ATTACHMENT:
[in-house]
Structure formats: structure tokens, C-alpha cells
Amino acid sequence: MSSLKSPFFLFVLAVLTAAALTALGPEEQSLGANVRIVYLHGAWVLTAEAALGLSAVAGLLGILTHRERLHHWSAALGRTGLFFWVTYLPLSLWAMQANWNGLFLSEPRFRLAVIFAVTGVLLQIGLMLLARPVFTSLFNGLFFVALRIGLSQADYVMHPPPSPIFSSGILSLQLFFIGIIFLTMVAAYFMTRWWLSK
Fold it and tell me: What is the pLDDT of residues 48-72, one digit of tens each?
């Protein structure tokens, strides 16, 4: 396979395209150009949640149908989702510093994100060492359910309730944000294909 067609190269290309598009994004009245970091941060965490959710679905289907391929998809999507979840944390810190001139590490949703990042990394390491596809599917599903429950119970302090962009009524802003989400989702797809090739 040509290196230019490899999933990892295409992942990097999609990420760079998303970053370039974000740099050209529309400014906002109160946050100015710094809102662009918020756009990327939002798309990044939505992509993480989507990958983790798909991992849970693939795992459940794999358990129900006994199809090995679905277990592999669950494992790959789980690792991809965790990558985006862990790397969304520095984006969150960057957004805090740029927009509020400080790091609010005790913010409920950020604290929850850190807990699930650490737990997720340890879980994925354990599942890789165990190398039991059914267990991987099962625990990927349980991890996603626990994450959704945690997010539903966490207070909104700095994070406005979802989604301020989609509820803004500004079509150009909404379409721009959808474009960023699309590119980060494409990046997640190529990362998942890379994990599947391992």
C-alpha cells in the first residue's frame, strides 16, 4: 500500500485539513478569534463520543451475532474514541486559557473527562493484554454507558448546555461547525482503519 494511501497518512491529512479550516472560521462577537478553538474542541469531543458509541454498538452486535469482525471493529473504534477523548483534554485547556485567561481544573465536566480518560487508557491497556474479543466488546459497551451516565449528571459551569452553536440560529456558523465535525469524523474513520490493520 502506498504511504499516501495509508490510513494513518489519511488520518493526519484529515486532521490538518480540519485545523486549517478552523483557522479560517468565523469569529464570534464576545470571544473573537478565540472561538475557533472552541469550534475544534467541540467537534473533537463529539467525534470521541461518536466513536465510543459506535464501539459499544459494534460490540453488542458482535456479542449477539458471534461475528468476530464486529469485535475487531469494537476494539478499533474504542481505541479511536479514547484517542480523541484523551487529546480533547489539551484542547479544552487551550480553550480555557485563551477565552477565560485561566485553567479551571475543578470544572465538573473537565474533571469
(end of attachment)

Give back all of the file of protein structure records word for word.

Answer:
[in-house]
Structure formats: structure tokens, C-alpha cells
Amino acid sequence: MSSLKSPFFLFVLAVLTAAALTALGPEEQSLGANVRIVYLHGAWVLTAEAALGLSAVAGLLGILTHRERLHHWSAALGRTGLFFWVTYLPLSLWAMQANWNGLFLSEPRFRLAVIFAVTGVLLQIGLMLLARPVFTSLFNGLFFVALRIGLSQADYVMHPPPSPIFSSGILSLQLFFIGIIFLTMVAAYFMTRWWLSK
Fold it and tell me: What is the pLDDT of residues 48-72, one digit of tens each?
């Protein structure tokens, strides 16, 4: 396979395209150009949640149908989702510093994100060492359910309730944000294909 067609190269290309598009994004009245970091941060965490959710679905289907391929998809999507979840944390810190001139590490949703990042990394390491596809599917599903429950119970302090962009009524802003989400989702797809090739 040509290196230019490899999933990892295409992942990097999609990420760079998303970053370039974000740099050209529309400014906002109160946050100015710094809102662009918020756009990327939002798309990044939505992509993480989507990958983790798909991992849970693939795992459940794999358990129900006994199809090995679905277990592999669950494992790959789980690792991809965790990558985006862990790397969304520095984006969150960057957004805090740029927009509020400080790091609010005790913010409920950020604290929850850190807990699930650490737990997720340890879980994925354990599942890789165990190398039991059914267990991987099962625990990927349980991890996603626990994450959704945690997010539903966490207070909104700095994070406005979802989604301020989609509820803004500004079509150009909404379409721009959808474009960023699309590119980060494409990046997640190529990362998942890379994990599947391992």
C-alpha cells in the first residue's frame, strides 16, 4: 500500500485539513478569534463520543451475532474514541486559557473527562493484554454507558448546555461547525482503519 494511501497518512491529512479550516472560521462577537478553538474542541469531543458509541454498538452486535469482525471493529473504534477523548483534554485547556485567561481544573465536566480518560487508557491497556474479543466488546459497551451516565449528571459551569452553536440560529456558523465535525469524523474513520490493520 502506498504511504499516501495509508490510513494513518489519511488520518493526519484529515486532521490538518480540519485545523486549517478552523483557522479560517468565523469569529464570534464576545470571544473573537478565540472561538475557533472552541469550534475544534467541540467537534473533537463529539467525534470521541461518536466513536465510543459506535464501539459499544459494534460490540453488542458482535456479542449477539458471534461475528468476530464486529469485535475487531469494537476494539478499533474504542481505541479511536479514547484517542480523541484523551487529546480533547489539551484542547479544552487551550480553550480555557485563551477565552477565560485561566485553567479551571475543578470544572465538573473537565474533571469